The weather

Meteorology was a developing science during the war years, there were daily flights over Europe by fast high flying aircraft such as Mosquitoes bringing back the most up to date information possible about weather conditions ready for the experts on the ground to translate into meaningful data.

Weather conditions, especially adverse weather conditions could significantly affect initially whether an operation was "on" or scrubbed, and then the success or otherwise of not only bombing accuracy but also the survival of the Lancasters and their crews.  Bright moonlit nights were initially thought to be favourable because it aided navigation; landmarks such as rivers and lakes, coastlines, dark patches of forest and so on were all the more discernible when the moon was full, but it also favoured the hunter; the glint of moonlight on the perspex of a gun turret or canopy could be a give away to a bomber's position.  A thin layer of cloud over the target area proved lethal too, light from burning fires and searchlights below made the cloud into a light blanket which Nachtjager named "the shroud" for the bomber stream could be clearly seen silhouetted against it.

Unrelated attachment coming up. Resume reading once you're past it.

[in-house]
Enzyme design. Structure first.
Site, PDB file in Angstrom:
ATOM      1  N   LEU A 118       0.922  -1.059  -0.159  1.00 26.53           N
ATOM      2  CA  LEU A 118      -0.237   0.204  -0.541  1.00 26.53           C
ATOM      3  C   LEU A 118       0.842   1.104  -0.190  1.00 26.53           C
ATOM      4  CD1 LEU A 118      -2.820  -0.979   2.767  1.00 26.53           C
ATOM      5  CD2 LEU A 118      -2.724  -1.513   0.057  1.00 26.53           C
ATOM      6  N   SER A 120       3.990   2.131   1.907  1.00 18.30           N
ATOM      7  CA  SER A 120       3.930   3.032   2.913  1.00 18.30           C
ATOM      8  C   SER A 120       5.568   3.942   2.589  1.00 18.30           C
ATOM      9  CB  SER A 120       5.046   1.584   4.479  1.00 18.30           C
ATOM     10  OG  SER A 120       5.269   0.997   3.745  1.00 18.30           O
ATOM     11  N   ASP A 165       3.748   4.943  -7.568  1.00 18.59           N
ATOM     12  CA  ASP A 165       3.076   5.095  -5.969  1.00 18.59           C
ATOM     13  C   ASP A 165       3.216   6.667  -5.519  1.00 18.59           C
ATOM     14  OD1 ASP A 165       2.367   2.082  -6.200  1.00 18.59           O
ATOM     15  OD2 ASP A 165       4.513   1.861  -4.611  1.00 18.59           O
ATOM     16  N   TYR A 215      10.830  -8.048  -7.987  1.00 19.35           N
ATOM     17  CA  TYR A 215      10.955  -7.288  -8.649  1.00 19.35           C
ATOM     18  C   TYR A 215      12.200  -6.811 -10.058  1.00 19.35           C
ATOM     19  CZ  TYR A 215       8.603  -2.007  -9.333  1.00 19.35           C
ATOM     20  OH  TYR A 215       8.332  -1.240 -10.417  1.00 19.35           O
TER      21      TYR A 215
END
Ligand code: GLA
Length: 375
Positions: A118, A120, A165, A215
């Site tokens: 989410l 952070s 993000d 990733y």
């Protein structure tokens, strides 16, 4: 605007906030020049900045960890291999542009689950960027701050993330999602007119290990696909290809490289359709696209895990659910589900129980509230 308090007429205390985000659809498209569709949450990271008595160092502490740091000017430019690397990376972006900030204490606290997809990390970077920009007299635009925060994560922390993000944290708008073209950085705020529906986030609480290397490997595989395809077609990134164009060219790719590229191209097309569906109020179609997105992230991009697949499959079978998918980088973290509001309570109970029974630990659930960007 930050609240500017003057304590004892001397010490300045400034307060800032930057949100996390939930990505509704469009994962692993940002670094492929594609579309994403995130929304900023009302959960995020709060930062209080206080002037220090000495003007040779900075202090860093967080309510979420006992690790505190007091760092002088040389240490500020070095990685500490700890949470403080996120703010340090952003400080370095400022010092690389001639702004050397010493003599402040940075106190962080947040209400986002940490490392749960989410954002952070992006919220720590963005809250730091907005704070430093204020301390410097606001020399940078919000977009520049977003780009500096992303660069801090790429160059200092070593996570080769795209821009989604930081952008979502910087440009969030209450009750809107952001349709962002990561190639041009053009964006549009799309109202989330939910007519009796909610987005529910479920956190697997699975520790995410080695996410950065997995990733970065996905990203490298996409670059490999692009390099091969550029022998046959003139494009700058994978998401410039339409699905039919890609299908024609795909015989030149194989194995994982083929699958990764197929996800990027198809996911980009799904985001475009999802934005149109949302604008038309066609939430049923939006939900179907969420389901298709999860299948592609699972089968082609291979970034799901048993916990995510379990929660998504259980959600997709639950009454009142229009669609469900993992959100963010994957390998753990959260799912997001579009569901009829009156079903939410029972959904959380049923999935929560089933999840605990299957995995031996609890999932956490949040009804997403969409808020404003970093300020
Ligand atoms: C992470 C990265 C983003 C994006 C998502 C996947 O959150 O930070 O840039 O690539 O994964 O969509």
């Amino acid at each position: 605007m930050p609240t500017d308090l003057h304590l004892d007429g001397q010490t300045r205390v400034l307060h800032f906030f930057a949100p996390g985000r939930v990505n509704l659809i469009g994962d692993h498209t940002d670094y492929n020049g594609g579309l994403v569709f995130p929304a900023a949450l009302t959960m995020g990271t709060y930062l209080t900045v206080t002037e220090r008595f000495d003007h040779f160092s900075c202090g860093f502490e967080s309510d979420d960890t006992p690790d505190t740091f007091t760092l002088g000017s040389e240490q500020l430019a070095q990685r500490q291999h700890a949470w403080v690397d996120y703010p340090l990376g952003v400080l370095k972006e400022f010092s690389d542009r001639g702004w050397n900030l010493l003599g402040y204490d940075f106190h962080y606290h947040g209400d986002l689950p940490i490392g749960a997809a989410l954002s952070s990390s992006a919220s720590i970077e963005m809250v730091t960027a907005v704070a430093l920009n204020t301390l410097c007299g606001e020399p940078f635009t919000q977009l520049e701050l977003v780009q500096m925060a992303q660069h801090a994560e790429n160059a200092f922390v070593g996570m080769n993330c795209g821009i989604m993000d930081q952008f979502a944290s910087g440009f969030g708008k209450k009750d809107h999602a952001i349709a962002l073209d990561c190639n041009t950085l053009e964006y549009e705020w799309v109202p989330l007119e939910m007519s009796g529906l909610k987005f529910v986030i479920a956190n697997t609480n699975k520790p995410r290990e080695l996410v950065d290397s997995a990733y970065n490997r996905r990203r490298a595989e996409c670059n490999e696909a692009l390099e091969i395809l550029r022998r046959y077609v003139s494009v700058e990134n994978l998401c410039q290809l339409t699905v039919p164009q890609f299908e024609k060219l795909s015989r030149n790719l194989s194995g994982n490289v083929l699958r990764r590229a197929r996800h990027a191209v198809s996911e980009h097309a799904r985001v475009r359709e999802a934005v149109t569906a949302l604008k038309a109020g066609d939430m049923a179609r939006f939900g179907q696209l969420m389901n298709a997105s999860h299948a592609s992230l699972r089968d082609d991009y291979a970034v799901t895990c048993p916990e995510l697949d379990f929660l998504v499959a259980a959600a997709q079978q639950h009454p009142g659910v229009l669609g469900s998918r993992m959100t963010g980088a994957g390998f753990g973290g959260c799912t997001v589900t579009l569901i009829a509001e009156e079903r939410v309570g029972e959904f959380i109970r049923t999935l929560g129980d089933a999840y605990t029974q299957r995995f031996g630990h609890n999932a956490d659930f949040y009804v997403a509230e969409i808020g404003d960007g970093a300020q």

RAF Waddington, March 1945: 467 squadron RAAF